BOCA RATON (CBSMiami) – Florida Atlantic University has launched a program to combat the startling statistic that 89 percent of low-income, first-generation students will leave college without a degree.
Cecilia Peters is a role model, guidance counselor and cheerleader to FAU students Luz Brito and Valeria Tineo.
“She’s kind of like a mom away from home,” said Tineo. “I call her and I’m like, ‘I need help with this… I need some advice, I need some guidance.’ And we go to our office. Actually, we call it our office, our office is the Barnes and Nobles across the street.”
Brito and Tineo are sophomores in the Kelly Strul Emerging Scholars Program created by President John Kelly and first lady Carolyn Kelly, as well as Boca Raton philanthropists Aubrey and Sally Strul, in 2017.
The scholarship funds and provides support to students who are the first-generation in their families to go to college. Fifty percent are from a different country.
“Luz was my Cuban who was so shy,” said Peters. “Now we have to ask her to quiet down.”
The program centers on pairing the scholars with a knowledgeable, energetic mentor like Peters, whose advice lasts the entire four years.
“They are truly just uninformed about the culture and what to do and how to navigate college life,” said Peters.
The trio meets to chat over coffee and get help with homework in the library. Peters checks in via text weekly.
She’s provided them with key advice about laundry, roommates, career focus and the importance of internships.
“I didn’t really know what I wanted to study. It was a marketing intern position and I really wasn’t thrilled with it,” said Tineo. “I talked to Cecilia about it and so I stuck with it and now I have a part-time job with them and I have a secure job when I graduate.”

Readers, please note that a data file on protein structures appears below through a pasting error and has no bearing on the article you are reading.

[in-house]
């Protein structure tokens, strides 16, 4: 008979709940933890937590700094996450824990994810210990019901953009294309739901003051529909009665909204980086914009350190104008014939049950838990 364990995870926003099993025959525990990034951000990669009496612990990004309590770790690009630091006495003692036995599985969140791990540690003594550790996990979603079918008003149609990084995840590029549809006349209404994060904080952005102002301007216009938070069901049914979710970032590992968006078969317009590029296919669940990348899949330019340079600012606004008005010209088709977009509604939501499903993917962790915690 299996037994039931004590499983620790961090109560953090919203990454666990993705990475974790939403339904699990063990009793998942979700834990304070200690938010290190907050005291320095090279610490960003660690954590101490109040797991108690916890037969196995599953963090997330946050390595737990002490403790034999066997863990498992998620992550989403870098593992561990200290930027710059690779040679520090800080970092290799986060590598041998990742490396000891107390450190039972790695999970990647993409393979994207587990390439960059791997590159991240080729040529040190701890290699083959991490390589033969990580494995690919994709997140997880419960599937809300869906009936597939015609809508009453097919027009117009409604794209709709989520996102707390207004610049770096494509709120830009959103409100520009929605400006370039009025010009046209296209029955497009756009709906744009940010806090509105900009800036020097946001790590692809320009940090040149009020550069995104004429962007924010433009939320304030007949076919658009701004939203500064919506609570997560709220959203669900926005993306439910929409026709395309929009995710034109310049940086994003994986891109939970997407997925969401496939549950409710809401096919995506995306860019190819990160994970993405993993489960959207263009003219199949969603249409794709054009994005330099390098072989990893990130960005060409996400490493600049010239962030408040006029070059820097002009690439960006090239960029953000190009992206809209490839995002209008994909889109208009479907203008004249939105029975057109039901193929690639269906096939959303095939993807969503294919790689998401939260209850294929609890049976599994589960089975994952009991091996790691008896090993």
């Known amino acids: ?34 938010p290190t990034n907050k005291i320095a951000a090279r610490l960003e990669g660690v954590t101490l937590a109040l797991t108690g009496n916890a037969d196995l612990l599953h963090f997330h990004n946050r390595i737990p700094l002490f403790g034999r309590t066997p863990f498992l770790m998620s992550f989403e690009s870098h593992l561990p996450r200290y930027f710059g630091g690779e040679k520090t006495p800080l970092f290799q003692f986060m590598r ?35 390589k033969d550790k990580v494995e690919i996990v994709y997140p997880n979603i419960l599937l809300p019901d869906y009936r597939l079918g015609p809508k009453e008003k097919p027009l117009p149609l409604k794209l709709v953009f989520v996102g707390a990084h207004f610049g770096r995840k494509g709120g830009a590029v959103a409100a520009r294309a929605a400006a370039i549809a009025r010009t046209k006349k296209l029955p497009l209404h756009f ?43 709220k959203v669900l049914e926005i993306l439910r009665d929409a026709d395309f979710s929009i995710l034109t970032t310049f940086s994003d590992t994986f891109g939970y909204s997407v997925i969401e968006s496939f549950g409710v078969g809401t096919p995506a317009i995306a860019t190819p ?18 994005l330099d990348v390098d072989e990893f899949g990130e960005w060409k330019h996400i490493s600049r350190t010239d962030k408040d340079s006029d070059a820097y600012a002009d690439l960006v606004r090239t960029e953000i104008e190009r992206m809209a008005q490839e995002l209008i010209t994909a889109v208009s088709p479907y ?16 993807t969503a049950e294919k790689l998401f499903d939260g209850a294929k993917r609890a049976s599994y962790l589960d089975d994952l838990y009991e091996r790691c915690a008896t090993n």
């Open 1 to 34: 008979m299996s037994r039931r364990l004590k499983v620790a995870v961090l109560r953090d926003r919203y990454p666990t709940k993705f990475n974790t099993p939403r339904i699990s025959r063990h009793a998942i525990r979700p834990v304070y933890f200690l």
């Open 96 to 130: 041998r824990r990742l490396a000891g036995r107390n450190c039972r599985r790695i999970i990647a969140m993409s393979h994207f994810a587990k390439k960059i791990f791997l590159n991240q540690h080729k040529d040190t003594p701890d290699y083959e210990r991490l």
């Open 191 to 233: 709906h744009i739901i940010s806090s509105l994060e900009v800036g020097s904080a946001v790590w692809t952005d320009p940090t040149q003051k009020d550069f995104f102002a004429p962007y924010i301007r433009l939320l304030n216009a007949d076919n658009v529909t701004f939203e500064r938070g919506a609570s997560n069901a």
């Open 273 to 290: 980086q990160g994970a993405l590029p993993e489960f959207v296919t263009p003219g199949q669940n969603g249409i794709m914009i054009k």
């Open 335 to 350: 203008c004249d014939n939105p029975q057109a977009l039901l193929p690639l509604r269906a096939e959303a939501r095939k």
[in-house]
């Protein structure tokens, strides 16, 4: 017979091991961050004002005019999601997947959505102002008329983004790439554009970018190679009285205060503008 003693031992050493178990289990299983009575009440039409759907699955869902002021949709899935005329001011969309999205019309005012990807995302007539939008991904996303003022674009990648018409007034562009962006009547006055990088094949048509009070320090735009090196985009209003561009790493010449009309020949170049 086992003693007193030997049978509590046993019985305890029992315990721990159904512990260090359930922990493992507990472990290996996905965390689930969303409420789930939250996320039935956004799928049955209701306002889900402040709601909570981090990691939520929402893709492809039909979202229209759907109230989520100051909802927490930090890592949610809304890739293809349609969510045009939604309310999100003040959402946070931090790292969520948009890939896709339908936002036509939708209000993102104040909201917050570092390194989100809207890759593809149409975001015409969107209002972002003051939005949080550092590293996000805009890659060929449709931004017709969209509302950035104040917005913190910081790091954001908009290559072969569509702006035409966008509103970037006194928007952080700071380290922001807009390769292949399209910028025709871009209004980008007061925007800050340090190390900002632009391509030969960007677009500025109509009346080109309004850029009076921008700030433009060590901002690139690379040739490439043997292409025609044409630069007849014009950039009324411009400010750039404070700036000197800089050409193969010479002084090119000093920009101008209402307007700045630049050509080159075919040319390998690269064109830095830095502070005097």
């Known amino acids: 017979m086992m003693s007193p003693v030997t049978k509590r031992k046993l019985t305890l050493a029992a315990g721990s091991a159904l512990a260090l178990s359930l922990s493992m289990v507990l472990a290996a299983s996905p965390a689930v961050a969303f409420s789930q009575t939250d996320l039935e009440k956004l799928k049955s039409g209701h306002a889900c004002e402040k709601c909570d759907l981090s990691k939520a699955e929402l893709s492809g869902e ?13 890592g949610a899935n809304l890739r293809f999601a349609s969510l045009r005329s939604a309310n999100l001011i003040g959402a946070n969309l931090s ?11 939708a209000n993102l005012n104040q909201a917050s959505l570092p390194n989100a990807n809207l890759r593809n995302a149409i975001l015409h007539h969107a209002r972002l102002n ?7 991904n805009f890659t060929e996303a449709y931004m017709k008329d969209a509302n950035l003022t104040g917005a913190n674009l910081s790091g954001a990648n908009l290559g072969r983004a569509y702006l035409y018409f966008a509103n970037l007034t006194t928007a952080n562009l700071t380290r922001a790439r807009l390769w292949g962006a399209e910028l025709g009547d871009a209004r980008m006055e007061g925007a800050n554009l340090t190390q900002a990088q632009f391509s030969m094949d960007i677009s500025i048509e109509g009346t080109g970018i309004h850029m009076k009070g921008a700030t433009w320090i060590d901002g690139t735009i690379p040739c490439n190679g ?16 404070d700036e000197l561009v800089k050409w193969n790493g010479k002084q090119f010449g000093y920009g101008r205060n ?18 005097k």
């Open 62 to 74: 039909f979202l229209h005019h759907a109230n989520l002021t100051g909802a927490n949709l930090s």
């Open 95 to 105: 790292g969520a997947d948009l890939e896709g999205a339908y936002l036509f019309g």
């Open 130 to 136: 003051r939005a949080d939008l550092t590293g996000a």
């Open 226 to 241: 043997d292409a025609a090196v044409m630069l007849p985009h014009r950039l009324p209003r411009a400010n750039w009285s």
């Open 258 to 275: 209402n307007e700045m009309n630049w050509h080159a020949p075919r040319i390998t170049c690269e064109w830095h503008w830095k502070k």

Tineo went from unsure intern to employee to recruiter, bringing Brito into the marketing agency as well.
“It’s actually thanks to Val that she got me the internship,” Brito said.
To secure the scholarship, the girls had to submit a videotaped essay – and then wait.
Knowing what this meant for them and their future, the day they learned of the opportunity was pure elation.
“Now that I’m in college, first one in my whole family, whether it’s my cousins or my second cousins, no one has ever gone to college,” said Brito. “So it was very exciting. A lot of my family is very proud of me.”
The program is currently accepting applications for the class of 2024.
The scholarship offers academically talented, first-generation, low-income college students the opportunity to graduate free of debt from FAU.
Applications must be submitted by Saturday, Feb. 1.